Evidence for methane in martian meteorites

Nigel J. F. Blamey, John Parnell, Sean McMahon, Darren F. Mark, Tim Tomkinson, Lee Martin, Jared Shivak, Matthew R. M. Izawa, Neil R. Banerjee, Roberta L. Fleming

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Abstract

The putative occurrence of methane in the Martian atmosphere has had a major influence on the exploration of Mars, especially by the implication of active biology. The occurrence has not been borne out by measurements of atmosphere by the MSL rover Curiosity but, as on Earth, methane on Mars is most likely in the subsurface of the crust. Serpentinization of olivine-bearing rocks, to yield hydrogen that may further react with carbon-bearing species, has been widely invoked as a source of methane on Mars, but this possibility has not hitherto been tested. Here we show that some Martian meteorites, representing basic igneous rocks, liberate a methane-rich volatile component on crushing. The occurrence of methane in Martian rock samples adds strong weight to models whereby any life on Mars is/was likely to be resident in a subsurface habitat, where methane could be a source of energy and carbon for microbial activity.
Original languageEnglish
Article number7399
Number of pages7
JournalNature Communications
Volume6
Early online date16 Jun 2015
DOIs
Publication statusPublished - 16 Jun 2015

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Meteoroids
SNC meteorites
Meteorites
Methane
Mars
methane
mars
Bearings (structural)
occurrences
Atmosphere
Carbon
Rocks
rocks
Igneous rocks
atmospheres
crushing
Exploratory Behavior
habitats
carbon
igneous rocks

Cite this

Blamey, N. J. F., Parnell, J., McMahon, S., Mark, D. F., Tomkinson, T., Martin, L., ... Fleming, R. L. (2015). Evidence for methane in martian meteorites. Nature Communications, 6, [7399]. https://doi.org/10.1038/ncomms8399

Evidence for methane in martian meteorites. / Blamey, Nigel J. F.; Parnell, John; McMahon, Sean; Mark, Darren F.; Tomkinson, Tim; Martin, Lee; Shivak, Jared ; Izawa, Matthew R. M.; Banerjee, Neil R.; Fleming, Roberta L. .

In: Nature Communications, Vol. 6, 7399, 16.06.2015.

Research output: Contribution to journalArticle

Blamey, NJF, Parnell, J, McMahon, S, Mark, DF, Tomkinson, T, Martin, L, Shivak, J, Izawa, MRM, Banerjee, NR & Fleming, RL 2015, 'Evidence for methane in martian meteorites' Nature Communications, vol. 6, 7399. https://doi.org/10.1038/ncomms8399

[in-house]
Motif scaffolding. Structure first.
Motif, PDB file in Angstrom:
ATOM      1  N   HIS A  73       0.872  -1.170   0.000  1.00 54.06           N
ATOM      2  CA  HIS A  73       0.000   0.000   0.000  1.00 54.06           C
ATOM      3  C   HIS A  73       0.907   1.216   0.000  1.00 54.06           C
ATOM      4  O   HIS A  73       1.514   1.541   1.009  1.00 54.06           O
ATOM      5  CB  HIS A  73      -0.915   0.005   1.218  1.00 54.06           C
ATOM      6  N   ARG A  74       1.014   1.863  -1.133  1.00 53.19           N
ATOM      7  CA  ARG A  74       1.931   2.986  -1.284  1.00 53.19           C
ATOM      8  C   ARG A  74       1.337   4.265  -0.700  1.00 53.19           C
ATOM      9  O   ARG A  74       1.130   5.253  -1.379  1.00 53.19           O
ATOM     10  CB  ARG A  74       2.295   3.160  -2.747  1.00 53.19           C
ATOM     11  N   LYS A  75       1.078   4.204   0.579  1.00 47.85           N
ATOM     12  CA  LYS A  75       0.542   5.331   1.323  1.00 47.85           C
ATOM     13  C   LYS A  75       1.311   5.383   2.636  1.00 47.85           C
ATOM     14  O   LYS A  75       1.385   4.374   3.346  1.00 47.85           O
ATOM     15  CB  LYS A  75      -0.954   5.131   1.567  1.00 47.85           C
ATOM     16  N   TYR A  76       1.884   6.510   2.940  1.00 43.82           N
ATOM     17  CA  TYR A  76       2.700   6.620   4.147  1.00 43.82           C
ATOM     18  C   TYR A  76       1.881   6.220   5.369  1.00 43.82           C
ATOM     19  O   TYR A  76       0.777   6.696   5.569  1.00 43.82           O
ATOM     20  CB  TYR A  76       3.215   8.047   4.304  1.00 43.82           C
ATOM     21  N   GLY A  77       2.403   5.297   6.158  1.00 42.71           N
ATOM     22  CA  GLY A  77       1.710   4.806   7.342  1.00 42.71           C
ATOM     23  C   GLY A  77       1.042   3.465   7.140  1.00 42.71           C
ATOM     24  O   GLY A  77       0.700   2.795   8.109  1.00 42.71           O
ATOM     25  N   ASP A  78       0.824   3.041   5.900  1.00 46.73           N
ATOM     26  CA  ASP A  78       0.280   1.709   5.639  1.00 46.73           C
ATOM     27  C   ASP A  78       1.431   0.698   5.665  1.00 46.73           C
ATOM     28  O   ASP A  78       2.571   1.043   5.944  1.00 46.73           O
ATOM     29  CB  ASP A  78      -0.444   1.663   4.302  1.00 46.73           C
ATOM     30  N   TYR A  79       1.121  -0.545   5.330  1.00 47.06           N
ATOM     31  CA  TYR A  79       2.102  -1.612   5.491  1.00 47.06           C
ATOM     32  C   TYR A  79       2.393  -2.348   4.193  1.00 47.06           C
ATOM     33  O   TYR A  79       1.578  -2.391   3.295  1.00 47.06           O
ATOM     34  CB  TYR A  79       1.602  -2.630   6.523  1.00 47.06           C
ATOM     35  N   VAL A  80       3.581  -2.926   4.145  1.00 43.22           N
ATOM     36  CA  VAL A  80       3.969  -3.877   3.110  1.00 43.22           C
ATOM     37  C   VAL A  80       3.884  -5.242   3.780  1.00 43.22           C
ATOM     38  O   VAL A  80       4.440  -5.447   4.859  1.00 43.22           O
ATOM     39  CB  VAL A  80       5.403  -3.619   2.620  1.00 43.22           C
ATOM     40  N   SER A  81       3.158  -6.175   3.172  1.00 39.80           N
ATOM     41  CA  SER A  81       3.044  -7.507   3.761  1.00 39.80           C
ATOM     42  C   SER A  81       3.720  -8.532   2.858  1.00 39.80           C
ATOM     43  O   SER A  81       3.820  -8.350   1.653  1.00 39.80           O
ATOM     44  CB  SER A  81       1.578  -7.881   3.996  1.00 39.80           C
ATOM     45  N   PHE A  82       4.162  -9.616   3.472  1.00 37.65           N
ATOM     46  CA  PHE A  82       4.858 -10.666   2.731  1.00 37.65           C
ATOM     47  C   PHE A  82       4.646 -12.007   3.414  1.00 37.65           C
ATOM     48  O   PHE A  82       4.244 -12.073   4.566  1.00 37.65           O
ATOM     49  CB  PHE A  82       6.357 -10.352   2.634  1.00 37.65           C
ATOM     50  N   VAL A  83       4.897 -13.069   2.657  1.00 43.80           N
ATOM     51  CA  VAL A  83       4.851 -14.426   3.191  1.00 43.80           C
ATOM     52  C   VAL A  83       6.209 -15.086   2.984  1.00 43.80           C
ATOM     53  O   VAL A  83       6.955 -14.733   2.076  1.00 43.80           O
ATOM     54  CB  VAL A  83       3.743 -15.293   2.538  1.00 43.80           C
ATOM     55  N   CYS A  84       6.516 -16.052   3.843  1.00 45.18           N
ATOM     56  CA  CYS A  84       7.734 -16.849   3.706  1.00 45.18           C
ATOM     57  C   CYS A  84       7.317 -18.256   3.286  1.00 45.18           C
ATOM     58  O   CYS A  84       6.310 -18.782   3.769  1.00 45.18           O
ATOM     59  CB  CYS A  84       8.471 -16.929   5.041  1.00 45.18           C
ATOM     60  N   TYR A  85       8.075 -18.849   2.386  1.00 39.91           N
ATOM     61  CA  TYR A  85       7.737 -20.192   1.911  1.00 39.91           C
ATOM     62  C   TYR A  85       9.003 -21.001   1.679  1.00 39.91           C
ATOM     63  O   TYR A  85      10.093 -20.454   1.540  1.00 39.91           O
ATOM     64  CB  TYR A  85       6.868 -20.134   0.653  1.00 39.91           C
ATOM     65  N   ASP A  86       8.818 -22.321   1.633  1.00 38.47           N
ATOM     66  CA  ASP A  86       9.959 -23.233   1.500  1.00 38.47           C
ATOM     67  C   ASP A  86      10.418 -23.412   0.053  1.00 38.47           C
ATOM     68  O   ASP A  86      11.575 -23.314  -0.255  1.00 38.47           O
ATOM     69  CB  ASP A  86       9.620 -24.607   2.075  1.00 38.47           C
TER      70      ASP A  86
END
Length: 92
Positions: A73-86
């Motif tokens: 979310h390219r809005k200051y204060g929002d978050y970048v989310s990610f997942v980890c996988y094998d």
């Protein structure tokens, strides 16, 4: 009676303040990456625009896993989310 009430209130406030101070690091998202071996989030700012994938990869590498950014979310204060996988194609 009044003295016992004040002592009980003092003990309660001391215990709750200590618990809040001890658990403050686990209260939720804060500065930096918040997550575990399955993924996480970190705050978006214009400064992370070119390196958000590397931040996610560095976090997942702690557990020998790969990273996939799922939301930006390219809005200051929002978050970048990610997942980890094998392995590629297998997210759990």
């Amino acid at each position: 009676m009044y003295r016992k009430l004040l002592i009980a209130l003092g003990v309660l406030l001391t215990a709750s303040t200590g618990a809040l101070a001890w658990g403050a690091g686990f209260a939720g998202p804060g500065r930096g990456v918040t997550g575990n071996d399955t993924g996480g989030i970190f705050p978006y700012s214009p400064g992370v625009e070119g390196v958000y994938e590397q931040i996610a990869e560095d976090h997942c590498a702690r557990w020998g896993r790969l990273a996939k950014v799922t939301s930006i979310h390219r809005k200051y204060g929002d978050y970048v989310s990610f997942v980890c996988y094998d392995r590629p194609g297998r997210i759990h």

Blamey NJF, Parnell J, McMahon S, Mark DF, Tomkinson T, Martin L et al. Evidence for methane in martian meteorites. Nature Communications. 2015 Jun 16;6. 7399. https://doi.org/10.1038/ncomms8399
Blamey, Nigel J. F. ; Parnell, John ; McMahon, Sean ; Mark, Darren F. ; Tomkinson, Tim ; Martin, Lee ; Shivak, Jared ; Izawa, Matthew R. M. ; Banerjee, Neil R. ; Fleming, Roberta L. . / Evidence for methane in martian meteorites. In: Nature Communications. 2015 ; Vol. 6.
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abstract = "The putative occurrence of methane in the Martian atmosphere has had a major influence on the exploration of Mars, especially by the implication of active biology. The occurrence has not been borne out by measurements of atmosphere by the MSL rover Curiosity but, as on Earth, methane on Mars is most likely in the subsurface of the crust. Serpentinization of olivine-bearing rocks, to yield hydrogen that may further react with carbon-bearing species, has been widely invoked as a source of methane on Mars, but this possibility has not hitherto been tested. Here we show that some Martian meteorites, representing basic igneous rocks, liberate a methane-rich volatile component on crushing. The occurrence of methane in Martian rock samples adds strong weight to models whereby any life on Mars is/was likely to be resident in a subsurface habitat, where methane could be a source of energy and carbon for microbial activity.",